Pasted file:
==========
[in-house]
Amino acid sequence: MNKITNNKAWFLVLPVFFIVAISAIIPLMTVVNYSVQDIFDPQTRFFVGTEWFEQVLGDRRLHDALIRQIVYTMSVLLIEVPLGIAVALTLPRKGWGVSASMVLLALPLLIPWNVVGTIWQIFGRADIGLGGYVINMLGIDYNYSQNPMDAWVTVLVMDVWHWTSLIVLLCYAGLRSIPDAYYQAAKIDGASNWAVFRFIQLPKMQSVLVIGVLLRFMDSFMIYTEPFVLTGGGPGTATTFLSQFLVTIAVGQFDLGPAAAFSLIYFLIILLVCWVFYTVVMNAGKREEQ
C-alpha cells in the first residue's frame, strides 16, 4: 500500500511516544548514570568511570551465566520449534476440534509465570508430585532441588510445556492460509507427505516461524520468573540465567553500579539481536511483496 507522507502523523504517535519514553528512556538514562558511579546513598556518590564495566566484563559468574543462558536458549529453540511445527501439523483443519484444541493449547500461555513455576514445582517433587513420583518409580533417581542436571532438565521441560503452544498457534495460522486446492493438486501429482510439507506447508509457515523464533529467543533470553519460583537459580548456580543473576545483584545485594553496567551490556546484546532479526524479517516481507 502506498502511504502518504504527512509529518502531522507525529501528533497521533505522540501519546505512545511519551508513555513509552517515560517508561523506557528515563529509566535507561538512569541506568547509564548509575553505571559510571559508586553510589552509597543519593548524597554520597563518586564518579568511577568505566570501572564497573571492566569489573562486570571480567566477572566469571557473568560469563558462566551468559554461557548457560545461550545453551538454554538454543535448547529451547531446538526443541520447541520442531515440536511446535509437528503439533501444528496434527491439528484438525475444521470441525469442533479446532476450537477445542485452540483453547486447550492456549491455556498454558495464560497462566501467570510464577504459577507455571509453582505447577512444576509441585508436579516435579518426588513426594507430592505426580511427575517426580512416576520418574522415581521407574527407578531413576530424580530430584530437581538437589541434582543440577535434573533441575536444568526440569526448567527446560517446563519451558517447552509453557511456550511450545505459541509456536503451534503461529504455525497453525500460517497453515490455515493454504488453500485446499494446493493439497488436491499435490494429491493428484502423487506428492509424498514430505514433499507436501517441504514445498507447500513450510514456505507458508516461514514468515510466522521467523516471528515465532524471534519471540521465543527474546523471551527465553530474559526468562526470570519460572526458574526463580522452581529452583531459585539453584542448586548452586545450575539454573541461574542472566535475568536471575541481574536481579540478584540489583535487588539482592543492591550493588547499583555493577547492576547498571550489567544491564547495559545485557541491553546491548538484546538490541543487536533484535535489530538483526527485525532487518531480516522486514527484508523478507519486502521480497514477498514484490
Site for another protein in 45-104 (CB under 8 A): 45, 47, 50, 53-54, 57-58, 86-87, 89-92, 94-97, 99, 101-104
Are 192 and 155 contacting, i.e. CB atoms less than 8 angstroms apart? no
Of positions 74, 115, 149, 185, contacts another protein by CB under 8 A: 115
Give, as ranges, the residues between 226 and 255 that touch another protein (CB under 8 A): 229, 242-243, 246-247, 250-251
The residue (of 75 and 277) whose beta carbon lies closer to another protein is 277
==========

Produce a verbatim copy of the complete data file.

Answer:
[in-house]
Amino acid sequence: MNKITNNKAWFLVLPVFFIVAISAIIPLMTVVNYSVQDIFDPQTRFFVGTEWFEQVLGDRRLHDALIRQIVYTMSVLLIEVPLGIAVALTLPRKGWGVSASMVLLALPLLIPWNVVGTIWQIFGRADIGLGGYVINMLGIDYNYSQNPMDAWVTVLVMDVWHWTSLIVLLCYAGLRSIPDAYYQAAKIDGASNWAVFRFIQLPKMQSVLVIGVLLRFMDSFMIYTEPFVLTGGGPGTATTFLSQFLVTIAVGQFDLGPAAAFSLIYFLIILLVCWVFYTVVMNAGKREEQ
C-alpha cells in the first residue's frame, strides 16, 4: 500500500511516544548514570568511570551465566520449534476440534509465570508430585532441588510445556492460509507427505516461524520468573540465567553500579539481536511483496 507522507502523523504517535519514553528512556538514562558511579546513598556518590564495566566484563559468574543462558536458549529453540511445527501439523483443519484444541493449547500461555513455576514445582517433587513420583518409580533417581542436571532438565521441560503452544498457534495460522486446492493438486501429482510439507506447508509457515523464533529467543533470553519460583537459580548456580543473576545483584545485594553496567551490556546484546532479526524479517516481507 502506498502511504502518504504527512509529518502531522507525529501528533497521533505522540501519546505512545511519551508513555513509552517515560517508561523506557528515563529509566535507561538512569541506568547509564548509575553505571559510571559508586553510589552509597543519593548524597554520597563518586564518579568511577568505566570501572564497573571492566569489573562486570571480567566477572566469571557473568560469563558462566551468559554461557548457560545461550545453551538454554538454543535448547529451547531446538526443541520447541520442531515440536511446535509437528503439533501444528496434527491439528484438525475444521470441525469442533479446532476450537477445542485452540483453547486447550492456549491455556498454558495464560497462566501467570510464577504459577507455571509453582505447577512444576509441585508436579516435579518426588513426594507430592505426580511427575517426580512416576520418574522415581521407574527407578531413576530424580530430584530437581538437589541434582543440577535434573533441575536444568526440569526448567527446560517446563519451558517447552509453557511456550511450545505459541509456536503451534503461529504455525497453525500460517497453515490455515493454504488453500485446499494446493493439497488436491499435490494429491493428484502423487506428492509424498514430505514433499507436501517441504514445498507447500513450510514456505507458508516461514514468515510466522521467523516471528515465532524471534519471540521465543527474546523471551527465553530474559526468562526470570519460572526458574526463580522452581529452583531459585539453584542448586548452586545450575539454573541461574542472566535475568536471575541481574536481579540478584540489583535487588539482592543492591550493588547499583555493577547492576547498571550489567544491564547495559545485557541491553546491548538484546538490541543487536533484535535489530538483526527485525532487518531480516522486514527484508523478507519486502521480497514477498514484490
Site for another protein in 45-104 (CB under 8 A): 45, 47, 50, 53-54, 57-58, 86-87, 89-92, 94-97, 99, 101-104
Are 192 and 155 contacting, i.e. CB atoms less than 8 angstroms apart? no
Of positions 74, 115, 149, 185, contacts another protein by CB under 8 A: 115
Give, as ranges, the residues between 226 and 255 that touch another protein (CB under 8 A): 229, 242-243, 246-247, 250-251
The residue (of 75 and 277) whose beta carbon lies closer to another protein is 277